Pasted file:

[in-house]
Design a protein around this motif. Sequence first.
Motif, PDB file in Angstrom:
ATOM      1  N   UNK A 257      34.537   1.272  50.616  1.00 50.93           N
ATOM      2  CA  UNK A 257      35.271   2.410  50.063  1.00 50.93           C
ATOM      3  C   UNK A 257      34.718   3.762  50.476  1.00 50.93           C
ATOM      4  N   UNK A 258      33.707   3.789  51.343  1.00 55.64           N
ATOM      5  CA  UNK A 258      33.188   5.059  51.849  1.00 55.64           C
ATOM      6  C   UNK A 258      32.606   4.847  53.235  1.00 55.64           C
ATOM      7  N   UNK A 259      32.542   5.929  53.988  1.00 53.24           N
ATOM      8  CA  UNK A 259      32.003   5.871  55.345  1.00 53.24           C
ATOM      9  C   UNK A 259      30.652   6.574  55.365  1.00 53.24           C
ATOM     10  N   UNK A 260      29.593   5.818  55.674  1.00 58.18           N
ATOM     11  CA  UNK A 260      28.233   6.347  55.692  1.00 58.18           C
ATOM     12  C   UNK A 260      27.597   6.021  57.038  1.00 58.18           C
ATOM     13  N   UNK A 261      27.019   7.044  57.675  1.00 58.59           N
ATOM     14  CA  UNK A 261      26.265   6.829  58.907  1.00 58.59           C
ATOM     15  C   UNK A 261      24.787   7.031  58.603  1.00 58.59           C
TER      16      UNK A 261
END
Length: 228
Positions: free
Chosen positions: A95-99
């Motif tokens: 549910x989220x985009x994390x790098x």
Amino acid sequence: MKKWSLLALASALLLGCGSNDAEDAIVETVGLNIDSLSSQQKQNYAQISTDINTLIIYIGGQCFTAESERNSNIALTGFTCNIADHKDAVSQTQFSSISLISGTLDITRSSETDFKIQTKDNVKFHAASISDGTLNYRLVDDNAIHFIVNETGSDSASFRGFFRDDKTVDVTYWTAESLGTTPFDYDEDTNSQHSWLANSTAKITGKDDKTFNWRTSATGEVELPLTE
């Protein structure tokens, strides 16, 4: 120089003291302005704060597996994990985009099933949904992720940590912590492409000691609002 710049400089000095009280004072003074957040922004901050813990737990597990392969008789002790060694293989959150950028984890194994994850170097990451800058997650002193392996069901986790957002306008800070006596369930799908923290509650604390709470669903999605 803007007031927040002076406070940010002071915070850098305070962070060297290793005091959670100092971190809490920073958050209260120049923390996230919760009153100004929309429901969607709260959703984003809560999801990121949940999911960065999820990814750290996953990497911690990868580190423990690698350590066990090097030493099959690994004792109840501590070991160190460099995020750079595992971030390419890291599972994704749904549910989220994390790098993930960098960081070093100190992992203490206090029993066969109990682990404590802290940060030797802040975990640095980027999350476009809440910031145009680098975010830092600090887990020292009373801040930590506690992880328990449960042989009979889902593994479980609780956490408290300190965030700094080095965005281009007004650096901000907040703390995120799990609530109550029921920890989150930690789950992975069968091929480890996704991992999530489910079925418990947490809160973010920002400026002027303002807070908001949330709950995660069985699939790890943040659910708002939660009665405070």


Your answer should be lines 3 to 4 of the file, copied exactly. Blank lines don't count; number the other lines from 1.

Motif, PDB file in Angstrom:
ATOM      1  N   UNK A 257      34.537   1.272  50.616  1.00 50.93           N